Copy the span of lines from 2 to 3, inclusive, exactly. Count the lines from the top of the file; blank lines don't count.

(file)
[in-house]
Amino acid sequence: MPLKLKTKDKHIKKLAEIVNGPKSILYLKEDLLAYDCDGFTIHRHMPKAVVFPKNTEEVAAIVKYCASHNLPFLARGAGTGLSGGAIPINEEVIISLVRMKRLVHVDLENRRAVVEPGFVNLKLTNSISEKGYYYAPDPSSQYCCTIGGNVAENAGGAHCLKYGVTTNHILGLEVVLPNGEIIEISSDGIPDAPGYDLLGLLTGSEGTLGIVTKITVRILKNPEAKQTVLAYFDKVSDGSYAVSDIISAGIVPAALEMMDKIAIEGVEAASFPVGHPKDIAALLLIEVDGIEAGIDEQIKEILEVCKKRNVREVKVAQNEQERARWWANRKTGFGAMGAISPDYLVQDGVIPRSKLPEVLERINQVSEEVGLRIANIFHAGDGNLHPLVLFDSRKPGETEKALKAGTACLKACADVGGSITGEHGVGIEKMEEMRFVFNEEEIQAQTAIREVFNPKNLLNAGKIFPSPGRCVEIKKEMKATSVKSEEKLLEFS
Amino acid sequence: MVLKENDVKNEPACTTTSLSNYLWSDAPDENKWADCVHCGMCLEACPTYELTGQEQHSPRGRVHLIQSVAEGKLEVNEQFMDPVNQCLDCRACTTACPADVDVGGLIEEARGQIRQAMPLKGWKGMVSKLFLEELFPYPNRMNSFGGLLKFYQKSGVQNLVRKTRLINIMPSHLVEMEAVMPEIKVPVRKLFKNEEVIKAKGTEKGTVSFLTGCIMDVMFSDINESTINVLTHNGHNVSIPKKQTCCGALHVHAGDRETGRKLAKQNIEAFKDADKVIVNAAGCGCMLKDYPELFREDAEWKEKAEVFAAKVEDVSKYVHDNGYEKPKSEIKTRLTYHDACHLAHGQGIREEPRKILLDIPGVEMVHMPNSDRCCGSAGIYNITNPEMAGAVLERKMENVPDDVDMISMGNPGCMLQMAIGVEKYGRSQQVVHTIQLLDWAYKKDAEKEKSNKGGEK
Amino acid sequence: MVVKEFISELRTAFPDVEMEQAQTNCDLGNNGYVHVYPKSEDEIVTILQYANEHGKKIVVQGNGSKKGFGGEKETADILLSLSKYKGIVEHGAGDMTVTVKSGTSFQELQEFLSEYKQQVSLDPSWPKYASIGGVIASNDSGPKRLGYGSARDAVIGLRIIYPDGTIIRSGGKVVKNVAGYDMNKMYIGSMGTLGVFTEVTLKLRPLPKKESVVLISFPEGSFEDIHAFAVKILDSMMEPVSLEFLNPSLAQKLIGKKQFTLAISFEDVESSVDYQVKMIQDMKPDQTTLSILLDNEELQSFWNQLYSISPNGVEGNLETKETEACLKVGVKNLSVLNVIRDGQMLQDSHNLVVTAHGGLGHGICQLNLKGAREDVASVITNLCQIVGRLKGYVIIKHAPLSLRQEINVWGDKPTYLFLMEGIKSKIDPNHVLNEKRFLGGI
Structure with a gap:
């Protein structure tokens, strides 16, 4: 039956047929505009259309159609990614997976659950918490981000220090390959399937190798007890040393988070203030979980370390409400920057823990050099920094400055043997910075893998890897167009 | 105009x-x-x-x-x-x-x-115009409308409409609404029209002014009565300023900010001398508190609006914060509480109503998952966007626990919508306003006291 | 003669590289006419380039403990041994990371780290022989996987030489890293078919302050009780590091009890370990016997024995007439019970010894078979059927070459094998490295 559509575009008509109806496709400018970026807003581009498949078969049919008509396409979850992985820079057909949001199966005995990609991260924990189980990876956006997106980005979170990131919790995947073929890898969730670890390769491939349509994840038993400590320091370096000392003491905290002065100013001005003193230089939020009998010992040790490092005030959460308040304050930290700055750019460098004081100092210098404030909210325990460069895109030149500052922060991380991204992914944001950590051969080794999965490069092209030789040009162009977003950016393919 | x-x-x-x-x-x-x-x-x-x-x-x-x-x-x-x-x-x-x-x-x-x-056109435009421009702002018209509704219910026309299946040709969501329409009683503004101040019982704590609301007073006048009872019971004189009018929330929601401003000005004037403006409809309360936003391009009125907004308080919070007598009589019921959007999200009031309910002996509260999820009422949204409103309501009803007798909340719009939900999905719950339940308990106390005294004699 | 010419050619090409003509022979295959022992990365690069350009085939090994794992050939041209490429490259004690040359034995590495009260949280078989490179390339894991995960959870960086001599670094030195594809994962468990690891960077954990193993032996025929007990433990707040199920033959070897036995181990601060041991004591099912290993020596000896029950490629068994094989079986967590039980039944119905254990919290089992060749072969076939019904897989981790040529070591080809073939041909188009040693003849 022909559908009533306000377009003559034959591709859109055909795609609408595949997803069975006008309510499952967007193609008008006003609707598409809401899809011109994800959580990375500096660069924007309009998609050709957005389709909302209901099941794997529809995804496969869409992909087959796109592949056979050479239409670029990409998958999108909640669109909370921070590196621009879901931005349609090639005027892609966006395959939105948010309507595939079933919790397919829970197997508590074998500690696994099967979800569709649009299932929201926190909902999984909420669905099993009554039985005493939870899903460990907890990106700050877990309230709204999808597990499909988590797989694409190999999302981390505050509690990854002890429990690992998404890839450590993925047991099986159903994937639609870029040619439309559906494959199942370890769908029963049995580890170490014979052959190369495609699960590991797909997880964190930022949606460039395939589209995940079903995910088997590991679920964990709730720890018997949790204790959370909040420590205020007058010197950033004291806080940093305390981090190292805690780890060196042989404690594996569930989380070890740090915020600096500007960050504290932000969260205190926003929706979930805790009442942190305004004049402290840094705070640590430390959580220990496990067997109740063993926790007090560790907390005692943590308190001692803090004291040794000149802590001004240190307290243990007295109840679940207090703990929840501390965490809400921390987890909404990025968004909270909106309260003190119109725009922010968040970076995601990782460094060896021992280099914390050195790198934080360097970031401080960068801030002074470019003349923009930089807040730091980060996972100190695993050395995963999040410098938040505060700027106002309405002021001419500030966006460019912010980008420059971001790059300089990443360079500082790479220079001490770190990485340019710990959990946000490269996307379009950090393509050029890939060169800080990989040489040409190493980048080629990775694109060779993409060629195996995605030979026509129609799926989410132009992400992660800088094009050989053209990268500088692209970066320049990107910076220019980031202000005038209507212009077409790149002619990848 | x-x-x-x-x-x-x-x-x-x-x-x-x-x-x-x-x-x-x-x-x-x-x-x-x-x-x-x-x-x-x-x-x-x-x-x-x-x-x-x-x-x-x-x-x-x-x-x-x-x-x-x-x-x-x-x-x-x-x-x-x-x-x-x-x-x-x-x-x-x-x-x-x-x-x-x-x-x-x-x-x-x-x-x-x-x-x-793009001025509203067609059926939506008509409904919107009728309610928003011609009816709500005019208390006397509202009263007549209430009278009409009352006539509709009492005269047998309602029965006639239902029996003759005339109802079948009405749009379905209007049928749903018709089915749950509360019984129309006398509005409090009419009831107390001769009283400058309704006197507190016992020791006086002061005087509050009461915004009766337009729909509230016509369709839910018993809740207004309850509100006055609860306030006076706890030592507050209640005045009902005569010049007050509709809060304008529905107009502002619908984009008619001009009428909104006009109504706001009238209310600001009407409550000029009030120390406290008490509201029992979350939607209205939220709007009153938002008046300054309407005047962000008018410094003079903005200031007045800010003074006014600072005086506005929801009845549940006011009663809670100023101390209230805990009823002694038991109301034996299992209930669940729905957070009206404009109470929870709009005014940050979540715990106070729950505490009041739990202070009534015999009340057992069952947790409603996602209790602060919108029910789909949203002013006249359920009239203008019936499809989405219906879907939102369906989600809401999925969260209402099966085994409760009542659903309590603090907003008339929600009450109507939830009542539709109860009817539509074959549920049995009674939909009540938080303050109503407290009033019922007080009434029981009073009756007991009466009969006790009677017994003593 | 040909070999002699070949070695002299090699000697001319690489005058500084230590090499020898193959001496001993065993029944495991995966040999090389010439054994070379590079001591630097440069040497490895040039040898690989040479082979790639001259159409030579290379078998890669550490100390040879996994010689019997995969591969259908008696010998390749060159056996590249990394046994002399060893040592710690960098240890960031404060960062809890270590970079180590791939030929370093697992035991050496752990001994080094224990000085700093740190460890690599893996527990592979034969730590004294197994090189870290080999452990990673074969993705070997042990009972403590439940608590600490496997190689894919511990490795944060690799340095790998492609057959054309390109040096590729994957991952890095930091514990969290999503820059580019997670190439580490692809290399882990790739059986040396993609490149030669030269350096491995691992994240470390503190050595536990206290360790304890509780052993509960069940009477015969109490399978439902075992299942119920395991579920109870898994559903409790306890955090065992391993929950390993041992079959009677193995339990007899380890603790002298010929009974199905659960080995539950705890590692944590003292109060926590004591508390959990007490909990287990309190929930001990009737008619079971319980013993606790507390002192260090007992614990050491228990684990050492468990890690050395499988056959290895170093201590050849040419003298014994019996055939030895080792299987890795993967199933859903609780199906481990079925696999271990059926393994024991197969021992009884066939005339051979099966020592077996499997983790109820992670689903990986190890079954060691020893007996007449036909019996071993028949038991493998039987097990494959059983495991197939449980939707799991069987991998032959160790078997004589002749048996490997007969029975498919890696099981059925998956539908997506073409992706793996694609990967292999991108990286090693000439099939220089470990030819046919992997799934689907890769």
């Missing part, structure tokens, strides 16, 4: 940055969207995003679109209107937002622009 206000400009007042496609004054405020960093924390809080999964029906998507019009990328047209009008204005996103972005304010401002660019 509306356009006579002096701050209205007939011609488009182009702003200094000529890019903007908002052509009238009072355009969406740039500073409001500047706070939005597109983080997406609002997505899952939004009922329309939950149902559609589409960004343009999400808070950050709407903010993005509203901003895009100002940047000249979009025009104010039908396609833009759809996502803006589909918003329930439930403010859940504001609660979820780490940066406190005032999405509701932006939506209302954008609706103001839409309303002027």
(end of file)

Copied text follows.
Amino acid sequence: MPLKLKTKDKHIKKLAEIVNGPKSILYLKEDLLAYDCDGFTIHRHMPKAVVFPKNTEEVAAIVKYCASHNLPFLARGAGTGLSGGAIPINEEVIISLVRMKRLVHVDLENRRAVVEPGFVNLKLTNSISEKGYYYAPDPSSQYCCTIGGNVAENAGGAHCLKYGVTTNHILGLEVVLPNGEIIEISSDGIPDAPGYDLLGLLTGSEGTLGIVTKITVRILKNPEAKQTVLAYFDKVSDGSYAVSDIISAGIVPAALEMMDKIAIEGVEAASFPVGHPKDIAALLLIEVDGIEAGIDEQIKEILEVCKKRNVREVKVAQNEQERARWWANRKTGFGAMGAISPDYLVQDGVIPRSKLPEVLERINQVSEEVGLRIANIFHAGDGNLHPLVLFDSRKPGETEKALKAGTACLKACADVGGSITGEHGVGIEKMEEMRFVFNEEEIQAQTAIREVFNPKNLLNAGKIFPSPGRCVEIKKEMKATSVKSEEKLLEFS
Amino acid sequence: MVLKENDVKNEPACTTTSLSNYLWSDAPDENKWADCVHCGMCLEACPTYELTGQEQHSPRGRVHLIQSVAEGKLEVNEQFMDPVNQCLDCRACTTACPADVDVGGLIEEARGQIRQAMPLKGWKGMVSKLFLEELFPYPNRMNSFGGLLKFYQKSGVQNLVRKTRLINIMPSHLVEMEAVMPEIKVPVRKLFKNEEVIKAKGTEKGTVSFLTGCIMDVMFSDINESTINVLTHNGHNVSIPKKQTCCGALHVHAGDRETGRKLAKQNIEAFKDADKVIVNAAGCGCMLKDYPELFREDAEWKEKAEVFAAKVEDVSKYVHDNGYEKPKSEIKTRLTYHDACHLAHGQGIREEPRKILLDIPGVEMVHMPNSDRCCGSAGIYNITNPEMAGAVLERKMENVPDDVDMISMGNPGCMLQMAIGVEKYGRSQQVVHTIQLLDWAYKKDAEKEKSNKGGEK